- Punjab civic polls 2017 LIVE UPDATES: Counting underway, Congress heading for clean sweep
- Live Cricket Score, India vs Sri Lanka, 3rd ODI at Visakhapatnam: India lose Shreyas Iyer but remain dominant in 216-run chase
- ‘Dubai Duty Free’ EVC and CEO Colm McLoughlin receives honorary doctorate from Middlesex University Dubai
Punjab Agriculture Minister Tota Singh (73), who has been given ticket by the Shiromani Akali Dal to contets ther Assembly election from Dharamkot, is barred from contesting according to The Representation of the People Act, 1951, as he has been convicted under the Prevention of Corruption Act in 2012. In order to please its senior leaders, it seems SAD, in its first list of 69 candidates released on Wednesday, did not even bother to check the conviction of its senior leaders under the Prevention of Corruption Act.
Watch: SYL Verdict- 42 Punjab Congress MLAs Submit Resignation
The Indian Express had reported on Friday how the Dal has offered ticket to former Cabinet minister Sucha Singh Langah (67) from Dera Baba Nanak but the law prohibits him from contesting elections because of his conviction and three years’ sentence in a disproportionate assets case under the Prevention of Corruption Act by the Mohali district court in February 2015.
Tota Singh was convicted and sentenced for one year’s rigorous imprisonment and slapped with a fine of Rs 30,000 under the Prevention of Corruption Act on May 5, 2012, for misusing the official vehicle of Punjab School Education Board (PSEB) by the Mohali district court. He had then moved the Punjab and Haryana High Court which in turn had on May 17, 2012, suspended Singh’s sentence during pendency of appeal. But his conviction has not been suspended. Tota Singh had undergone one month and 22 days of actual sentence when he was allowed by the High Court to furnish bail bonds to the Chief Judicial Magistrate, Mohali. Tota Singh’s appeal against the Mohali district court verdict is still pending in the HC.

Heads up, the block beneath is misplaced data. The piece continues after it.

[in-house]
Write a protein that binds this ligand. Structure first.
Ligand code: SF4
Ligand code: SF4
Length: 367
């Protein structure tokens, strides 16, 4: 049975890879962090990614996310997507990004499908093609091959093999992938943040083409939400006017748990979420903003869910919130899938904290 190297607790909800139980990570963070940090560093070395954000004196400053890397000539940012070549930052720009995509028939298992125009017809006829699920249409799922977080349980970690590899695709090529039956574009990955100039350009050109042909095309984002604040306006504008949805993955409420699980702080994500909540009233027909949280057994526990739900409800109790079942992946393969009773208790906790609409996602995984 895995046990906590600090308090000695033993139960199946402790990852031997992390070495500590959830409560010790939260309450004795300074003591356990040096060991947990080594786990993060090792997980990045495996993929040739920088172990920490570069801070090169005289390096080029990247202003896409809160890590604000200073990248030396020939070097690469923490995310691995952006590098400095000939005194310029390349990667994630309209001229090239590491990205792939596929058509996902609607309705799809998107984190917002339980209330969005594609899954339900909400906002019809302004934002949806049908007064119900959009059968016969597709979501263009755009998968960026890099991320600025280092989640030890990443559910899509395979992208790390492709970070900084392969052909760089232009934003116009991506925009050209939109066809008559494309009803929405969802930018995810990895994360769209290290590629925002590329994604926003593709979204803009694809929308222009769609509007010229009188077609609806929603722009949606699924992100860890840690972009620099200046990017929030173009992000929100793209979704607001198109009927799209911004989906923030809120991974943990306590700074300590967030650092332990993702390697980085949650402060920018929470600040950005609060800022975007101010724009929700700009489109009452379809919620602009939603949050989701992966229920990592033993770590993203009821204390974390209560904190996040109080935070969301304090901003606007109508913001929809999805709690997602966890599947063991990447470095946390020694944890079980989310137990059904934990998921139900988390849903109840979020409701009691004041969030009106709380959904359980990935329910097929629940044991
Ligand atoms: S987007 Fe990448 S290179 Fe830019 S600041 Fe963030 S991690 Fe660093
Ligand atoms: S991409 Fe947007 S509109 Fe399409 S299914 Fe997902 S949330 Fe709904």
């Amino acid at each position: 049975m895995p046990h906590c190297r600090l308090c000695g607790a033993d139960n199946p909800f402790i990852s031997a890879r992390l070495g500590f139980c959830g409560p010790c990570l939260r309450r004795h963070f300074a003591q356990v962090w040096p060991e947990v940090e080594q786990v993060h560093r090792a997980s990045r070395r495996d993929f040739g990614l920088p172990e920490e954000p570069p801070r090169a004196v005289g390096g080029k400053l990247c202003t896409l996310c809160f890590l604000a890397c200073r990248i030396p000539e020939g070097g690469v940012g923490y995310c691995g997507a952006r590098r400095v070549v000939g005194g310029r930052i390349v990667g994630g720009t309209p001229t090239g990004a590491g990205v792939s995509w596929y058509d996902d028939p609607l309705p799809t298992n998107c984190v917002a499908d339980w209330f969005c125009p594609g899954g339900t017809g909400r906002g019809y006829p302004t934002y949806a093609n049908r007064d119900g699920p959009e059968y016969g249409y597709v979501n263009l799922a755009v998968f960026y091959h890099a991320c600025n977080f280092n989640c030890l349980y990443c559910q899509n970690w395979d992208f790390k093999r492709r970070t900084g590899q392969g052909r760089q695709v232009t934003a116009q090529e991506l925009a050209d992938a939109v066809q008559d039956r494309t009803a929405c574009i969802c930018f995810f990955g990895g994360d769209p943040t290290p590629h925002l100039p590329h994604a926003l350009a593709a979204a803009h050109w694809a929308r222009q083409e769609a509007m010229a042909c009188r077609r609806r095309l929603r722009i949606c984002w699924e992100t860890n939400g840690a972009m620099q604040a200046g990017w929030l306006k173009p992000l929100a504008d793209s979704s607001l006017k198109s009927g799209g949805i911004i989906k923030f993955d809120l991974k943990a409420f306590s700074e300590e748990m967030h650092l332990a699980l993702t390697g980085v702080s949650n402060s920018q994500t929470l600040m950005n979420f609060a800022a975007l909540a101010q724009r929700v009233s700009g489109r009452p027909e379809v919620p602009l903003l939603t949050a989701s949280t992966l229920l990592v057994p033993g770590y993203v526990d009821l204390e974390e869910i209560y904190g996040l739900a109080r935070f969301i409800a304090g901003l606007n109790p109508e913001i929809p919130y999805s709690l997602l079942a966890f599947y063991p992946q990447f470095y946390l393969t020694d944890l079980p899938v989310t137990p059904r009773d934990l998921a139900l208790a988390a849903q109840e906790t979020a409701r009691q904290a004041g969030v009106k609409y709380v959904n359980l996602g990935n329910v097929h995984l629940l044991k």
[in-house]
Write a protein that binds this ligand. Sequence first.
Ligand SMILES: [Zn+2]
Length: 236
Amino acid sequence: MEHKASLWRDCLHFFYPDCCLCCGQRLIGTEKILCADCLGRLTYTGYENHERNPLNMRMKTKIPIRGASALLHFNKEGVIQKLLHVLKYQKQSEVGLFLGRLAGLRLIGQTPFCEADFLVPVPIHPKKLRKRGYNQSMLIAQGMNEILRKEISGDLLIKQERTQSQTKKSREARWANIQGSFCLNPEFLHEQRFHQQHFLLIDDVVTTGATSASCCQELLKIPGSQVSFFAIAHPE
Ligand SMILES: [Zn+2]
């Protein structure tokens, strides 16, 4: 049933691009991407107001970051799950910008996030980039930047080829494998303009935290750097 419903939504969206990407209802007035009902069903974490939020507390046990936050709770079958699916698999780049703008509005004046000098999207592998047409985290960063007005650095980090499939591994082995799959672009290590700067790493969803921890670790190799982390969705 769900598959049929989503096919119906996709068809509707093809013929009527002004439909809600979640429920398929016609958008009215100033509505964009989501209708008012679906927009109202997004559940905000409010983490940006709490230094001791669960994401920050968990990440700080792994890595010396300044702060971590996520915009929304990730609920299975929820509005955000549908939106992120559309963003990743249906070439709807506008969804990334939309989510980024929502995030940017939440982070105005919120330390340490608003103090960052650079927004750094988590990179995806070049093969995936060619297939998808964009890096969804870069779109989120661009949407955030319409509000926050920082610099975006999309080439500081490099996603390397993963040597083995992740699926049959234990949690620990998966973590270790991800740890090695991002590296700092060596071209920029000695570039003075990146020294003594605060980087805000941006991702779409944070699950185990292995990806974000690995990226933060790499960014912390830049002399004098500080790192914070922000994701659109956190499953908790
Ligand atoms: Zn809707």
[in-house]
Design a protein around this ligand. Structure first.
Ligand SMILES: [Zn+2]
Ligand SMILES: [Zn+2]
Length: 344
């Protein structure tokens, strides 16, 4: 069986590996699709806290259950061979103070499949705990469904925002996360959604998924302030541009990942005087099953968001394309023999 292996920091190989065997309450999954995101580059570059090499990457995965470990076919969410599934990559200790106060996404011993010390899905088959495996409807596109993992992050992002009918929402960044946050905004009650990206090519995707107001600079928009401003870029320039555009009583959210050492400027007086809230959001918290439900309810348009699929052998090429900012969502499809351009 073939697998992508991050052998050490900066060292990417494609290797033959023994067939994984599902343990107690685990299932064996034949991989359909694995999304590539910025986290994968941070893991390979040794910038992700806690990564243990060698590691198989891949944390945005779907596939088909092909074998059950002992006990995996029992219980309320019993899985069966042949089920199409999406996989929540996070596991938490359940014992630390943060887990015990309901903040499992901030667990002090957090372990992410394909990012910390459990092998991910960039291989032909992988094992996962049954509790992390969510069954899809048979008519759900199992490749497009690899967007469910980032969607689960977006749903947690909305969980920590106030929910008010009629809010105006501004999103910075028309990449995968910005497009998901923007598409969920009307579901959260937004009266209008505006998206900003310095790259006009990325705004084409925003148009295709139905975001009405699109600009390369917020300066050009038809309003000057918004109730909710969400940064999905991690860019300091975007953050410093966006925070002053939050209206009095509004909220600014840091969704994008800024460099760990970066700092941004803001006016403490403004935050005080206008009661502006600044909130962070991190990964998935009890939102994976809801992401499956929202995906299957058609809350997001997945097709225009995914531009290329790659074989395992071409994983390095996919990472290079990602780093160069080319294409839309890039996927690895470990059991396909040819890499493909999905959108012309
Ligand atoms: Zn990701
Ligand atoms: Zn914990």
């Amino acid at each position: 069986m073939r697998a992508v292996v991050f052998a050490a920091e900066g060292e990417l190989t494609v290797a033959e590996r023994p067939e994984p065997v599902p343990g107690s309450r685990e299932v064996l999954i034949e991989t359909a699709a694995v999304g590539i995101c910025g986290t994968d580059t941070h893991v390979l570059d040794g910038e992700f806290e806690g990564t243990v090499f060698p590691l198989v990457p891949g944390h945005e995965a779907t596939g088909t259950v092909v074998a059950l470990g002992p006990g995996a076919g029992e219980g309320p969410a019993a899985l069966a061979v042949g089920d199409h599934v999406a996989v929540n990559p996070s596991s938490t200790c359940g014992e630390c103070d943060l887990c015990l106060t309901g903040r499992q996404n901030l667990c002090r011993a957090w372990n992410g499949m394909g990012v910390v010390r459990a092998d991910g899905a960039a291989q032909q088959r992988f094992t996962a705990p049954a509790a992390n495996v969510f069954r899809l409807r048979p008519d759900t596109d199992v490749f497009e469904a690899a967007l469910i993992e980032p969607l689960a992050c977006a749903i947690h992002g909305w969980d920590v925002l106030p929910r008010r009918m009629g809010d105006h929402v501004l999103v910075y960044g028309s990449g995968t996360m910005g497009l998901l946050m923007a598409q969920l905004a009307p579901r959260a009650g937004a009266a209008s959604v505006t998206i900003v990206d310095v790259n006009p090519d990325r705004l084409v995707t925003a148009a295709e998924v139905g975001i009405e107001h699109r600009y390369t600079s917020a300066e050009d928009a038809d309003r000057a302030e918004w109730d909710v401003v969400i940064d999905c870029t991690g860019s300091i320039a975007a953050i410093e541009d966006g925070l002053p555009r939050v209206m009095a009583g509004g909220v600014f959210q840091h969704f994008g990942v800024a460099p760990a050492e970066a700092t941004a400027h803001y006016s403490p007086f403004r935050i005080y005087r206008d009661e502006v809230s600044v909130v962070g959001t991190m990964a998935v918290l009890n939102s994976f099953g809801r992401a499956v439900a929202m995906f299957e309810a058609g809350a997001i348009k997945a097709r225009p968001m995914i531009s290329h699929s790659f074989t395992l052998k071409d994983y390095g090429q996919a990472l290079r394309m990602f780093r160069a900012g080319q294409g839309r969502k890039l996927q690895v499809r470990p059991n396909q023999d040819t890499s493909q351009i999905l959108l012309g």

“Mere conviction under the Prevention of Corruption Act disqualifies a person from contesting election irrespective of the fact whether he has been just fined or sentenced even for a single day,” said Satya Pal Jain, senior advocate and expert on election and constitutional matters. He added that in a corruption case, it is not mandatory for the purpose of disqualification that a convict should have been sentenced to imprisonment for a minimum of two years, like in other offences.
Another HC advocate Surjit Singh Swaich, who has contested several election petitions, says, “If a person is convicted under the Prevention of Corruption Act, he is automatically disqualified to contest election if his conviction is not stayed by the higher court.”
Section 8(1) of Representation of the People Act, 1951, reads, “A person convicted of an offence punishable under…the Prevention of Corruption Act, 1988,…shall be disqualified, where the convicted person is sentenced to (i) only fine, for a period of six years from the date of such conviction; (ii) imprisonment, from the date of such conviction and shall continue to be disqualified for a further period of six years since his release.”
Tota Singh had resigned from the Cabinet after his conviction in 2012 but was reinstated after about an year. He is also facing allegations of corruption pertaining to forgery and fabrication of documents relating to recruitment of 138 clerks in the PSEB before the Mohali special court. The minister was also under attack when then officiating Punjab agriculture director Mangal Singh Sandhu was arrested last year allegedly for his involvement in purchasing pesticides worth crores which failed to control the whitefly attack on cotton crop.
The Indian Express had earlier reported that how ahead of elections, the Punjab government had on October 5 filed an application to withdraw prosecution proceedings against Tota Singh in a corruption case regarding recruitment of 134 clerks in the Punjab School Education Board in 2000 and 2001, when he was education minister. But the Mohali district court had on November 9 rejected the government’s application and fixed hearing of the case for November 30.
Despite repeated attempts, Tota Singh did not respond to calls and text messages.